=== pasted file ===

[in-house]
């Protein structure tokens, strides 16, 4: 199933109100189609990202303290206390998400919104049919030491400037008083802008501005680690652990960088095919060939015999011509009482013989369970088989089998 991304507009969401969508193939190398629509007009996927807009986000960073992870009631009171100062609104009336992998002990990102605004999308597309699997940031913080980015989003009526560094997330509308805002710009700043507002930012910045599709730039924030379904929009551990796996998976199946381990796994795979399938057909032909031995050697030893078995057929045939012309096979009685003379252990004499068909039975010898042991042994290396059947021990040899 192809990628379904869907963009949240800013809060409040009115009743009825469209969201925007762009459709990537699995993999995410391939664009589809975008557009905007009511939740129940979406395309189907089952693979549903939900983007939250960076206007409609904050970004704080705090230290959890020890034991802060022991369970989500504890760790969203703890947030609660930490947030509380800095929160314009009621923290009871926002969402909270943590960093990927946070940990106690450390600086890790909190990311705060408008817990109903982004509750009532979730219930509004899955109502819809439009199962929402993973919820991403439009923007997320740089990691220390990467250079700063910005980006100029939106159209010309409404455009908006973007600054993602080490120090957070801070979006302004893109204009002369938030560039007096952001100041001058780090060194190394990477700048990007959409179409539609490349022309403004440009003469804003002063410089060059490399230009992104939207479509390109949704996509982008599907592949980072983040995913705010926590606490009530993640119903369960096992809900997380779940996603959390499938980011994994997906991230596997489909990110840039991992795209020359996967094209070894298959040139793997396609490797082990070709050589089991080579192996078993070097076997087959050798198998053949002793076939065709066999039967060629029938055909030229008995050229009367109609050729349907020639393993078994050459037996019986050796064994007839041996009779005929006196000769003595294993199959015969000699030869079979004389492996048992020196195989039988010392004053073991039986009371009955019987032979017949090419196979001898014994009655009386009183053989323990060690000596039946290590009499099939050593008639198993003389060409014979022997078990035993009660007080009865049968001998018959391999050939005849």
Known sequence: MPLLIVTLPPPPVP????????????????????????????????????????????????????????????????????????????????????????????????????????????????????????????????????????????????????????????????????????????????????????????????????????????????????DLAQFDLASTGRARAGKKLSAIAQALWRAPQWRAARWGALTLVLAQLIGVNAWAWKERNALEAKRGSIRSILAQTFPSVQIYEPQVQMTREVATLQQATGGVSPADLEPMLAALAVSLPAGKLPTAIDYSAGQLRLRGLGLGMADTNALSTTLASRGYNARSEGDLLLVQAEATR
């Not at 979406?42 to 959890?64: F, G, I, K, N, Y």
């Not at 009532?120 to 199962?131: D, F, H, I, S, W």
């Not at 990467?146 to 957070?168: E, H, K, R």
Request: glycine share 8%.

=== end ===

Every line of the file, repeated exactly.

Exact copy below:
[in-house]
């Protein structure tokens, strides 16, 4: 199933109100189609990202303290206390998400919104049919030491400037008083802008501005680690652990960088095919060939015999011509009482013989369970088989089998 991304507009969401969508193939190398629509007009996927807009986000960073992870009631009171100062609104009336992998002990990102605004999308597309699997940031913080980015989003009526560094997330509308805002710009700043507002930012910045599709730039924030379904929009551990796996998976199946381990796994795979399938057909032909031995050697030893078995057929045939012309096979009685003379252990004499068909039975010898042991042994290396059947021990040899 192809990628379904869907963009949240800013809060409040009115009743009825469209969201925007762009459709990537699995993999995410391939664009589809975008557009905007009511939740129940979406395309189907089952693979549903939900983007939250960076206007409609904050970004704080705090230290959890020890034991802060022991369970989500504890760790969203703890947030609660930490947030509380800095929160314009009621923290009871926002969402909270943590960093990927946070940990106690450390600086890790909190990311705060408008817990109903982004509750009532979730219930509004899955109502819809439009199962929402993973919820991403439009923007997320740089990691220390990467250079700063910005980006100029939106159209010309409404455009908006973007600054993602080490120090957070801070979006302004893109204009002369938030560039007096952001100041001058780090060194190394990477700048990007959409179409539609490349022309403004440009003469804003002063410089060059490399230009992104939207479509390109949704996509982008599907592949980072983040995913705010926590606490009530993640119903369960096992809900997380779940996603959390499938980011994994997906991230596997489909990110840039991992795209020359996967094209070894298959040139793997396609490797082990070709050589089991080579192996078993070097076997087959050798198998053949002793076939065709066999039967060629029938055909030229008995050229009367109609050729349907020639393993078994050459037996019986050796064994007839041996009779005929006196000769003595294993199959015969000699030869079979004389492996048992020196195989039988010392004053073991039986009371009955019987032979017949090419196979001898014994009655009386009183053989323990060690000596039946290590009499099939050593008639198993003389060409014979022997078990035993009660007080009865049968001998018959391999050939005849």
Known sequence: MPLLIVTLPPPPVP????????????????????????????????????????????????????????????????????????????????????????????????????????????????????????????????????????????????????????????????????????????????????????????????????????????????????DLAQFDLASTGRARAGKKLSAIAQALWRAPQWRAARWGALTLVLAQLIGVNAWAWKERNALEAKRGSIRSILAQTFPSVQIYEPQVQMTREVATLQQATGGVSPADLEPMLAALAVSLPAGKLPTAIDYSAGQLRLRGLGLGMADTNALSTTLASRGYNARSEGDLLLVQAEATR
């Not at 979406?42 to 959890?64: F, G, I, K, N, Y």
């Not at 009532?120 to 199962?131: D, F, H, I, S, W």
């Not at 990467?146 to 957070?168: E, H, K, R």
Request: glycine share 8%.